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Ingest data into Databricks from Azure Data Explorer

kenakamu profile image Kenichiro Nakamura ・3 min read

In previous article, I explain how you can ingest data from blob storage into Azure Data Explorer (ADX).

In this article, I explain how you can ADX data from Databricks.

I use Azure Kusto Python SDK to query data. You can find sample code here.

Prerequisites

Add Azure Databricks. Depending on how you use the service, but I created it as "standard tier" as I don't need any premium this time.

Create cluster for Databricks

Once you created databricks resource, add cluster.

1. Go to Azure Portal and select Databricks resource you just created.

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2. Click "Launch Workplace".

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3. Go to cluster menu and create cluster with default settings. To save money, I disabled auto scaling and set node number to 1.

Create notebook

Finally create notebook to process data.

1. Go to Workplace | Users | your account and create Notebook.

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2. Create notebook to use Python.

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3. Install required pip packages. Run the cell to make sure they are installed successfully.

pip install azure-kusto-data azure-kusto-ingest

4. Add new cell and add following code which I took from sample. Replace following values to match your environment.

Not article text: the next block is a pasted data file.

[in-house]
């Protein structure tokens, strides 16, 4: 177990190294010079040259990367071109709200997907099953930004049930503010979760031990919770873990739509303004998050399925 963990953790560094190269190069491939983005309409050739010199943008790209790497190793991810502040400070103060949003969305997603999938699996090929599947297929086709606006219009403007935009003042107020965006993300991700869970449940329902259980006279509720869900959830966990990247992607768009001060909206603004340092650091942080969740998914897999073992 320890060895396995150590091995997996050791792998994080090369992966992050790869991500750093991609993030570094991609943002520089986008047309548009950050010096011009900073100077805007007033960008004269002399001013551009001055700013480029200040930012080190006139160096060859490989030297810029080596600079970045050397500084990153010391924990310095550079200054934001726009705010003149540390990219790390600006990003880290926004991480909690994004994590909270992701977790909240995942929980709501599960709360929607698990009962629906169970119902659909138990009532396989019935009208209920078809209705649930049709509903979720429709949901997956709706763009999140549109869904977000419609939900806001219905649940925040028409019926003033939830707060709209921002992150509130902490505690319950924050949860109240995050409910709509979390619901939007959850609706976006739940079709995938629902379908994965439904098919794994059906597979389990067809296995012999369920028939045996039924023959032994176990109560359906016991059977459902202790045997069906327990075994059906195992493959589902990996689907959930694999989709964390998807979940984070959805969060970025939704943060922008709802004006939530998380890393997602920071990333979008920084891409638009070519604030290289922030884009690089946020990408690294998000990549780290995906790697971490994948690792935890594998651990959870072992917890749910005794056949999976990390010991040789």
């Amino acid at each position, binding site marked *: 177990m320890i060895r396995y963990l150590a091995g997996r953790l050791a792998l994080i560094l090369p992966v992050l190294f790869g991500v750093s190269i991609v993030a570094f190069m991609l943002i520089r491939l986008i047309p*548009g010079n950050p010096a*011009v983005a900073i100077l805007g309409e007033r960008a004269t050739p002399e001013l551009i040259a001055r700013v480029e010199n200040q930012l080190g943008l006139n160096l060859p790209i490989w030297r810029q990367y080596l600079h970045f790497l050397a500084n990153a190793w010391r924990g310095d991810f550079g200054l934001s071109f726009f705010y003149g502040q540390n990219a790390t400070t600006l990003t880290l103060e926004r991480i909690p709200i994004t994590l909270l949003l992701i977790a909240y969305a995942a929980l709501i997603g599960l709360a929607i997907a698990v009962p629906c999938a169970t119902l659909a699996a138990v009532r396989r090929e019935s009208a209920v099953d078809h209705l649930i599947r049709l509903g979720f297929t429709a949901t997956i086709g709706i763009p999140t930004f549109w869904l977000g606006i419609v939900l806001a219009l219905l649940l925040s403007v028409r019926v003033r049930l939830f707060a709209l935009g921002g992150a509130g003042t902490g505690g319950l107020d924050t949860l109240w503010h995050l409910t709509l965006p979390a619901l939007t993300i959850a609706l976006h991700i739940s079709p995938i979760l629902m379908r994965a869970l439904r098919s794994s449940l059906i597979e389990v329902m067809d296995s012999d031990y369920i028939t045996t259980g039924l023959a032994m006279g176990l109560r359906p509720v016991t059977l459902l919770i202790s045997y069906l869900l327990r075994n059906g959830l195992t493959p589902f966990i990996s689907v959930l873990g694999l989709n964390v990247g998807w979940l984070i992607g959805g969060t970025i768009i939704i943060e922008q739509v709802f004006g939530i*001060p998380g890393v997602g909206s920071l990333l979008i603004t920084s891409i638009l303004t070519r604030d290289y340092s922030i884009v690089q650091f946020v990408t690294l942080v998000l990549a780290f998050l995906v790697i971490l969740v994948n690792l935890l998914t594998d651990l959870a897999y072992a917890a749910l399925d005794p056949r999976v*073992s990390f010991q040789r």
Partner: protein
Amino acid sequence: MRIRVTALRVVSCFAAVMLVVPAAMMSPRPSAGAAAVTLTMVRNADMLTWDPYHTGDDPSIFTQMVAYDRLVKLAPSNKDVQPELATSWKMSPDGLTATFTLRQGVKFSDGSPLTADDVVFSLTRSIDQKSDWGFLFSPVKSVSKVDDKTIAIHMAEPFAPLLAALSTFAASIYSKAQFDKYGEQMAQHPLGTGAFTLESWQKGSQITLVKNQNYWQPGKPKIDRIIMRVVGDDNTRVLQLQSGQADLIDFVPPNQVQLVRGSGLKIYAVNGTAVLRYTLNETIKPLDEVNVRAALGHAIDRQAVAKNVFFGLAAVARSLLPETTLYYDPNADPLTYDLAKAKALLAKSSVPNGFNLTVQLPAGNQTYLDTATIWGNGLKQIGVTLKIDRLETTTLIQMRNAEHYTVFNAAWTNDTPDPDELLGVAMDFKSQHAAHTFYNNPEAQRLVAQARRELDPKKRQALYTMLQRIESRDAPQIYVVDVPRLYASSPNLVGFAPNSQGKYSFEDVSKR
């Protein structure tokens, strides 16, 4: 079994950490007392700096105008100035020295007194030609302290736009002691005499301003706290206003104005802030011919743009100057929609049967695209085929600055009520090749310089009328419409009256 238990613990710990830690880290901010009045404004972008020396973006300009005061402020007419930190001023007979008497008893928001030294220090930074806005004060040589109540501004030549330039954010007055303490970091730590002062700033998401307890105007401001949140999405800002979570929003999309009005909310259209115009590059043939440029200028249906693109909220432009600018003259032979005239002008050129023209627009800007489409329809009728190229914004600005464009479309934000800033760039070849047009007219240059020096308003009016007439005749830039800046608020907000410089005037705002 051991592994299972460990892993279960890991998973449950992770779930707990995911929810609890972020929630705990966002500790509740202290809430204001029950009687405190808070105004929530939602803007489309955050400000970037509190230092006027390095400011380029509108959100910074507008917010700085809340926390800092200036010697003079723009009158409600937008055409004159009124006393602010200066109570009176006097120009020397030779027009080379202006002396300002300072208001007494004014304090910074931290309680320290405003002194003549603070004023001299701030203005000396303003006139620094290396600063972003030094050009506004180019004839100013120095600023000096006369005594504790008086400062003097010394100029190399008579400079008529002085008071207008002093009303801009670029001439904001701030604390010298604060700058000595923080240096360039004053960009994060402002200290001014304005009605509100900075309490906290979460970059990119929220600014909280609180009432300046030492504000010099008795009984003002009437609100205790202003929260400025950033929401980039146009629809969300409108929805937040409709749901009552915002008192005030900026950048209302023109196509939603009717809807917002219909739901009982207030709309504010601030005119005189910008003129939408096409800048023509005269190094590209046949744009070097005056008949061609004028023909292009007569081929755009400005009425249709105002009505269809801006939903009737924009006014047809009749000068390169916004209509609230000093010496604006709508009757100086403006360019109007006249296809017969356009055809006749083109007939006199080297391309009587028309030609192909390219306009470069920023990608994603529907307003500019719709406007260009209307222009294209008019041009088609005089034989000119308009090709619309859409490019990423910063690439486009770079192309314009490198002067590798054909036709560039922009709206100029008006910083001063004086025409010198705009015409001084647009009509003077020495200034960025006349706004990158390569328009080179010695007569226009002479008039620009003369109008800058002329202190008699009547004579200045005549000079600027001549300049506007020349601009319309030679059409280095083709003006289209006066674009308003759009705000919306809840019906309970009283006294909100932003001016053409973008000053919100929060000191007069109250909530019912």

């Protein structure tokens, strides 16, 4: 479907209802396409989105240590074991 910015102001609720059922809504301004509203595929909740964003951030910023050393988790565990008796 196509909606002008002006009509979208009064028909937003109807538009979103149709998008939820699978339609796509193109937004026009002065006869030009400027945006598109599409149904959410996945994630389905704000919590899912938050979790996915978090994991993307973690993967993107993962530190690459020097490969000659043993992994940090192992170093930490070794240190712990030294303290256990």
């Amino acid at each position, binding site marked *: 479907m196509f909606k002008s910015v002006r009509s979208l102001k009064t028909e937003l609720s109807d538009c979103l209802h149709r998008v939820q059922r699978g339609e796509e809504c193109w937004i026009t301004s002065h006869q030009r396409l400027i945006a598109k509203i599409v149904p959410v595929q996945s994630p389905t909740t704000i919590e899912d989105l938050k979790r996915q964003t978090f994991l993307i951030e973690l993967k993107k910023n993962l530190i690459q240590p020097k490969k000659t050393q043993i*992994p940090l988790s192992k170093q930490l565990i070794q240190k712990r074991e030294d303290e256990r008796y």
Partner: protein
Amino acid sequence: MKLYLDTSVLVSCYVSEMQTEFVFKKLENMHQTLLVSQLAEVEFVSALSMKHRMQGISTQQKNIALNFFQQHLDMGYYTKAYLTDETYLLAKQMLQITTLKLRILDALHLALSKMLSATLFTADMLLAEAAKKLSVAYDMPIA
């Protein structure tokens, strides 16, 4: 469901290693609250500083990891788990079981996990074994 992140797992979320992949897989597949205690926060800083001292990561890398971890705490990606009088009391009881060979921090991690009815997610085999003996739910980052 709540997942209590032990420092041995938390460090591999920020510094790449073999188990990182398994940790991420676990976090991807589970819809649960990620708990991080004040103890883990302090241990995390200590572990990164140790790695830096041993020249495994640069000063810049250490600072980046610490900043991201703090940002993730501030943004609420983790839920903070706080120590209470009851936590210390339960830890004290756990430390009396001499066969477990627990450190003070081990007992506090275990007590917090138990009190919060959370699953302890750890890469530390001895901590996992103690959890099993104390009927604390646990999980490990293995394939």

• cluster: This is ADX cluster address. You can confirm the address in ADX overview pane in Azure portal. Copy URI value.
  • client_id: The service principal id created in the previous article.
  • client_secret: The service principal secret create in the previous article.
  • authority_id: The tenant id where the service principal was added. You can see the id in service principal overview pane.

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"""A simple example how to use KustoClient."""

from datetime import timedelta

from azure.kusto.data.exceptions import KustoServiceError
from azure.kusto.data.helpers import dataframe_from_result_table
from azure.kusto.data import KustoClient, KustoConnectionStringBuilder, ClientRequestProperties

######################################################
##                        AUTH                      ##
######################################################

cluster = "https://<your adx name>.<region>.kusto.windows.net"
client_id = "<service principal id>"
client_secret = "<service principal secret>"
authority_id = "<tenant id>"

kcsb = KustoConnectionStringBuilder.with_aad_application_key_authentication(cluster, client_id, client_secret, authority_id)

client = KustoClient(kcsb)

######################################################
##                       QUERY                      ##
######################################################

# once authenticated, usage is as following
db = "catlogsdb"
query = "cats | take 10"

response = client.execute(db, query)
dataframe = dataframe_from_result_table(response.primary_results[0])

print(dataframe)

If you want to query different database or use different query, change the query section.

5. Run the notebook and confirm the result.

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Authentication

Obviously, hardcode secret information into notebook without encryption is not good idea.

There are many ways to secure it.

  • Use certificate
  • Use System Assigned Managed Service Identity (MSI)
  • Use User Assigned Managed Service Identity (MSI)
  • Username and password (not secure too)
  • Use device authentication

You can also get secret from "secrets store" if you use Databricks Premium Tier. See Secrets for more detail.

Summary

ADX is one of popular data source for big data analysis. If you are not python person, no worries, as Microsoft provide SDK for other languages, too. See Node SDK, .NET and Java

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